Pastures

Pastures

Productive pastures are an essential component of agricultural systems as they provide multiple benefits such as providing a means of quality feed for livestock, nitrogen fixation in the soil, weed control rotations along with being an ideal break for pest and disease.

  • Plant & Growing Tips:


  • Fertiliser Applications:

    Stage: Pre Plant (or) At Planting

    Rate: 200 - 300kg/Ha (Dryland), 300 - 400kg/Ha (Irrigated)

    Product: Standard Pellets, Organic Complete (or) Growers Special

     

    Stage: Post Establishment

    Rate: <600kg/Ha (Dryland), 1000kg/Ha (Irrigated)

    Product: Standard Pellets, Organic Complete (or) Growers Special


    Application Method

    When sowing into prepared seed beds, it is best to apply by using either gravity feed openers or air drills to sub-surface band 5cm (2") below or to the side of the seed.

    When heavier rates are required, it can be pre-spread or applied soon after the pasture has effectively established.

    Can be top-dressed (via broadcast with spinner or aerial spread) soon after establishment to continue the rapid growth of grass based pastures. Follow up topdressing when applied in subsequent autumns and springs. 

     

    Application Considerations

    Rates should be reduced by 50% for very sandy soil sand may be increased by 30% for heavy textured soils or where soil moisture conditions at planting are excellent.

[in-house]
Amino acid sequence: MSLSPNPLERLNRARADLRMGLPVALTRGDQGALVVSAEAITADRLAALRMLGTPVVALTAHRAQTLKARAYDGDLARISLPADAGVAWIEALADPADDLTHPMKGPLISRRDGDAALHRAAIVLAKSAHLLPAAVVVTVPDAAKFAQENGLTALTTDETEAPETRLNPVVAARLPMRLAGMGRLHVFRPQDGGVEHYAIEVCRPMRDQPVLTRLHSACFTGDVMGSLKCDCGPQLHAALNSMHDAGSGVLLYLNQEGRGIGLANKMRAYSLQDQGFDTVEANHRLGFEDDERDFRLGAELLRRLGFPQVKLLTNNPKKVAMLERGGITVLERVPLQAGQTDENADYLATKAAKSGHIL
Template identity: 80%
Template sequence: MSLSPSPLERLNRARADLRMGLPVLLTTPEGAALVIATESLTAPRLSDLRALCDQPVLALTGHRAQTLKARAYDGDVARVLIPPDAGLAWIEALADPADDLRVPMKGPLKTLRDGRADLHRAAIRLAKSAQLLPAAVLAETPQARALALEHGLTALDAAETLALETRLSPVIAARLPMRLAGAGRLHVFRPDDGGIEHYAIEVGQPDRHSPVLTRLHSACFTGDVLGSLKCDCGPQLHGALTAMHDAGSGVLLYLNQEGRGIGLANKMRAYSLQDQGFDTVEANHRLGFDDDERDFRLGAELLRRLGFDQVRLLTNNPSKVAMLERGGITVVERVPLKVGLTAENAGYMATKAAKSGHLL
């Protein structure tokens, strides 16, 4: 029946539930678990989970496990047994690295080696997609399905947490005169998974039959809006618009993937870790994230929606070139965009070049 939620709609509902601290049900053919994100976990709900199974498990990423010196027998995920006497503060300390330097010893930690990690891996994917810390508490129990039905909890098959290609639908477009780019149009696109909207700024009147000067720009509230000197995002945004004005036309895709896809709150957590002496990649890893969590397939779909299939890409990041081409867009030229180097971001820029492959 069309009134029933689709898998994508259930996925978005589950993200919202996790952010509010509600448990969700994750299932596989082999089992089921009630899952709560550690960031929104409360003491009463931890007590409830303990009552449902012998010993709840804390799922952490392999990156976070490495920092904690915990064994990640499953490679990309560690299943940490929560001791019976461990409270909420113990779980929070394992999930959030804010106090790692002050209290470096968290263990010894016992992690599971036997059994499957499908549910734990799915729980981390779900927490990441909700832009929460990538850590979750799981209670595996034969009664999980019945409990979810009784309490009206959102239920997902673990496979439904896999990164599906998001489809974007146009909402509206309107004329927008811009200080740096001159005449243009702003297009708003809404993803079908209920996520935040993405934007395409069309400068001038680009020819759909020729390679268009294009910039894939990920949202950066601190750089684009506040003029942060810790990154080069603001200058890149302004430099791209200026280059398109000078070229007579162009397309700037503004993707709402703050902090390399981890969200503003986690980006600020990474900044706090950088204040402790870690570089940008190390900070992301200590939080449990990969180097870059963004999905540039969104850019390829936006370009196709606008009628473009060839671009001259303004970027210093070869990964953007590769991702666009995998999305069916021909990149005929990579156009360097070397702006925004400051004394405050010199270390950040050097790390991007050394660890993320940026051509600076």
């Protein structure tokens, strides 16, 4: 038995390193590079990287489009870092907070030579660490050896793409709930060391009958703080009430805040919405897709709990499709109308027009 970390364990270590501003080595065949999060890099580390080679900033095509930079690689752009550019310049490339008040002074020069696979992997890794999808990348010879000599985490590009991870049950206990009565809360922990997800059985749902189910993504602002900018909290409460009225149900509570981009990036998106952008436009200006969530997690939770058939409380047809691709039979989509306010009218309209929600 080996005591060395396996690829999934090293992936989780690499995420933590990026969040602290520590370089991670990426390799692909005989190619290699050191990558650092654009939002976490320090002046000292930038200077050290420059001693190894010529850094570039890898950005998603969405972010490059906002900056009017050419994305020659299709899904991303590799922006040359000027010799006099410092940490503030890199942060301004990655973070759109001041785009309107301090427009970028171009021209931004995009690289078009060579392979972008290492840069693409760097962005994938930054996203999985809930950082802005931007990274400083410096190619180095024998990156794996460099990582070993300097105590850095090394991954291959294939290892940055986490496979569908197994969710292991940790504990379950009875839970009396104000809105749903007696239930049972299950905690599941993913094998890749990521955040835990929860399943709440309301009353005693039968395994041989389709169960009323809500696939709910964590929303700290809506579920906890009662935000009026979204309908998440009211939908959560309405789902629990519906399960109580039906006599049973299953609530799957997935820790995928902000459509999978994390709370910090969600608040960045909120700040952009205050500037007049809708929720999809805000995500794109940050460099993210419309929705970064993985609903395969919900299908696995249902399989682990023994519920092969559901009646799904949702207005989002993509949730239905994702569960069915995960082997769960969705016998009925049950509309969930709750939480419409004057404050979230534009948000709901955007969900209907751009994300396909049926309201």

Rates should be reduced by 50% when planting equipment with narrow slit openers is used (the fertiliser concentration is increased around the seed).

    Rates may be increased by 50% when air seeders are used operating at high pressures with wide openers. Air seeders spread the fertiliser bands when operating at high pressures reducing the fertiliser concentration around the seed.

Disclaimer

Please note that the above information and recommendations are provided in good faith and are given without liability for loss or damage suffered as a result of their application. Optimum response to fertilisers will only be achieved when weeds, insect pests and diseases are controlled and adequate soil water is available.

Fertiliser use recommendations are presented as a practical guide to good agronomic practice under most situations. Local soil, climatic and other conditions should also be taken into account as these could affect plant response to fertiliser rates and applications.

For further information we recommend you seek advice from your local agronomist.